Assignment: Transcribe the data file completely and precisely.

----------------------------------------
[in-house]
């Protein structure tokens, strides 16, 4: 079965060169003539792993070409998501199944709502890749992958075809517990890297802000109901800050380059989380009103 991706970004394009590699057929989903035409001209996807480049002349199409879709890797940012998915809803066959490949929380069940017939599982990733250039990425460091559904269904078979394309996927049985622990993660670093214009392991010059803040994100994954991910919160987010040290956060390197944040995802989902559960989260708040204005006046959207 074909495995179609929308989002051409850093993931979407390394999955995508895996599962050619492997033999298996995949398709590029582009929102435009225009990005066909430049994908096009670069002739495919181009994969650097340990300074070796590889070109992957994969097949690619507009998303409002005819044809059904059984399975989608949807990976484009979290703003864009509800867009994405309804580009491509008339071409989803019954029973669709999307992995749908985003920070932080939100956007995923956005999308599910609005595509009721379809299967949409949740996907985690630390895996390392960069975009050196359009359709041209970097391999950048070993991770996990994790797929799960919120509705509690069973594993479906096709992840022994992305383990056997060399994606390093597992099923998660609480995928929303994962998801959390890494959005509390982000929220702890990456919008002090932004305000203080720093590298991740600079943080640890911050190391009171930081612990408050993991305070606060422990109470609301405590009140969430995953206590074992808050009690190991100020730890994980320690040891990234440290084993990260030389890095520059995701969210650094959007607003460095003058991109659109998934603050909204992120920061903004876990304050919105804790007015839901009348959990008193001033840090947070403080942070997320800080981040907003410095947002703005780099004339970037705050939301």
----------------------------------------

[in-house]
């Protein structure tokens, strides 16, 4: 079965060169003539792993070409998501199944709502890749992958075809517990890297802000109901800050380059989380009103 991706970004394009590699057929989903035409001209996807480049002349199409879709890797940012998915809803066959490949929380069940017939599982990733250039990425460091559904269904078979394309996927049985622990993660670093214009392991010059803040994100994954991910919160987010040290956060390197944040995802989902559960989260708040204005006046959207 074909495995179609929308989002051409850093993931979407390394999955995508895996599962050619492997033999298996995949398709590029582009929102435009225009990005066909430049994908096009670069002739495919181009994969650097340990300074070796590889070109992957994969097949690619507009998303409002005819044809059904059984399975989608949807990976484009979290703003864009509800867009994405309804580009491509008339071409989803019954029973669709999307992995749908985003920070932080939100956007995923956005999308599910609005595509009721379809299967949409949740996907985690630390895996390392960069975009050196359009359709041209970097391999950048070993991770996990994790797929799960919120509705509690069973594993479906096709992840022994992305383990056997060399994606390093597992099923998660609480995928929303994962998801959390890494959005509390982000929220702890990456919008002090932004305000203080720093590298991740600079943080640890911050190391009171930081612990408050993991305070606060422990109470609301405590009140969430995953206590074992808050009690190991100020730890994980320690040891990234440290084993990260030389890095520059995701969210650094959007607003460095003058991109659109998934603050909204992120920061903004876990304050919105804790007015839901009348959990008193001033840090947070403080942070997320800080981040907003410095947002703005780099004339970037705050939301």